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Writer Todd Kniss On How To Write Compelling Science Fiction and Fantasy Stories

An Interview With Ian Benke

…Unique Characters (and their relationships with one another) For example, our characters in For Blood Or Justice: Cotton and Yada. Yada and Sangre. Sangre and Cotton. Alex and Angel. Take characters from diverse backgrounds and pit them against one another. I think no matter the genre, you need to start with unique characters.

Science Fiction and Fantasy are hugely popular genres. What does it take for a writer today, to write compelling and successful Science Fiction and Fantasy stories? Authority Magazine started a new series called “How To Write Compelling Science Fiction and Fantasy Stories”. In this series we are talking to anyone who is a Science Fiction or Fantasy author, or an authority or expert on how to write compelling Science Fiction and Fantasy .

As a part of this series, I had the pleasure of interviewing Todd Kniss.

Todd Kniss is the creator, writer and executive producer of the new scripted podcast and graphic novel For Blood Or Justice. A graduate of Cal State University Long Beach with a BA in Film and Television Production, and the American Film Institute (AFI) with a MFA in Cinematography, he is a lifelong connoisseur of sci-fi, horror and psychological thrillers whether in book, podcast or film form. Kniss is also the writer and director of the independent thriller Homecoming. He lives in Long Beach with his wife and two young children.

Thank you so much for joining us in this interview series! Before we dive into the main focus of our interview, our readers would love to get to know you” a bit better. Can you share a story about what first drew you to writing over other forms of storytelling?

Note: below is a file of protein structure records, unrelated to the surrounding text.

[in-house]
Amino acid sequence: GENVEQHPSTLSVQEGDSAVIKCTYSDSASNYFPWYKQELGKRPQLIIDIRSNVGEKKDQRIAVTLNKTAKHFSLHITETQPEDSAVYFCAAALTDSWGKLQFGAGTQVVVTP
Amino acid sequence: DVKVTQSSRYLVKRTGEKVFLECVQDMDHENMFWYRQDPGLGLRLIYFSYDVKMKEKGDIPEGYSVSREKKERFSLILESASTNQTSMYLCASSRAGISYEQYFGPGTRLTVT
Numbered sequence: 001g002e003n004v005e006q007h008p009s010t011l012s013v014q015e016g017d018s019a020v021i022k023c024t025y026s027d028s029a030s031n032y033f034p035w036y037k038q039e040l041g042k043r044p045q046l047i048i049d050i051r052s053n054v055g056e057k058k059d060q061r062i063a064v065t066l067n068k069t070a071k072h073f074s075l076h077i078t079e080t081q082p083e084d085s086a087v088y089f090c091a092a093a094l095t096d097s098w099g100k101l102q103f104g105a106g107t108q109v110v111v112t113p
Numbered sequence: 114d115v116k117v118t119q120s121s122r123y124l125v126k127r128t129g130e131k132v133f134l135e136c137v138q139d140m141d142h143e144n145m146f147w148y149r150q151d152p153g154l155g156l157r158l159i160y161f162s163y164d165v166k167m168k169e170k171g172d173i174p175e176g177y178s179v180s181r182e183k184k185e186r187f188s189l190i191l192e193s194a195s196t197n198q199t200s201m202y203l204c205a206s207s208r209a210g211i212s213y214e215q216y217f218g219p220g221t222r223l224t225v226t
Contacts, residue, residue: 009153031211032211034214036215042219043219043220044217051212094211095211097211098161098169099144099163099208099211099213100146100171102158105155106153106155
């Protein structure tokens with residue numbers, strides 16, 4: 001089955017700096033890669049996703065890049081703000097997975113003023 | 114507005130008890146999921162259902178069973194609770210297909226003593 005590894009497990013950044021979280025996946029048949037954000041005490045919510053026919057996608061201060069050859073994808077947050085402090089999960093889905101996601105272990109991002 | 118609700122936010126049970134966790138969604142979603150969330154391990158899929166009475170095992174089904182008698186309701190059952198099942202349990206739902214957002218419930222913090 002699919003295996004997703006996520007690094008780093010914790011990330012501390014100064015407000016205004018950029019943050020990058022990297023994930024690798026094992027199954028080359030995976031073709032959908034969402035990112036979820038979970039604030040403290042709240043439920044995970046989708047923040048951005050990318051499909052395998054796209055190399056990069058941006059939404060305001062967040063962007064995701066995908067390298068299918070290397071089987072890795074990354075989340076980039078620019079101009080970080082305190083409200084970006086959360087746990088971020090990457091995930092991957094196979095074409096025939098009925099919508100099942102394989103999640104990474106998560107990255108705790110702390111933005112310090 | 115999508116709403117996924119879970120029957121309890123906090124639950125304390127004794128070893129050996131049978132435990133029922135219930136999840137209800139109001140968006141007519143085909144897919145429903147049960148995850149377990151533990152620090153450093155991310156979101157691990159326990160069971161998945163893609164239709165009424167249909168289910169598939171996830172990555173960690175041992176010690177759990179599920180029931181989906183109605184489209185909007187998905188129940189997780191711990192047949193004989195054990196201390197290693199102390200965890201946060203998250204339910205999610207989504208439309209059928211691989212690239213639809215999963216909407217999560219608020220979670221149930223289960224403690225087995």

I’ve always loved books. My parents were always reading something, LeCarre, Ludlum, Alistair MacLean, and it rubbed off on me and my siblings. I always have a book on my nightstand. A literal book, made of paper and ink. There’s something very romantic it about for me. Going to the bookstore, the library or even finding an old stash of books at a relative’s house when you’re staying over for the weekend. Having said that, I am also a very visual person. My dad was a professional photographer and all-around amazing artist, and I inherited some degree of his talent. I’ve always been fascinated by film, due in large part to seeing Jaws as a little kid. I was that kid running around the neighborhood with my dad’s 8mm camera, directing my friends as actors, and creating little home-made ‘masterpieces.’ I’m an alumnus of AFI in Cinematography and was drawn to that discipline because I am such a visual person, but alas, I realized much later that my true passion was in writing. Writing is my drug of choice. And in creating For Blood Or Justice, I was not only able to write and realize the story as a graphic novel, but also as a podcast series (and hopefully, one day, as a television series and a collection of novels).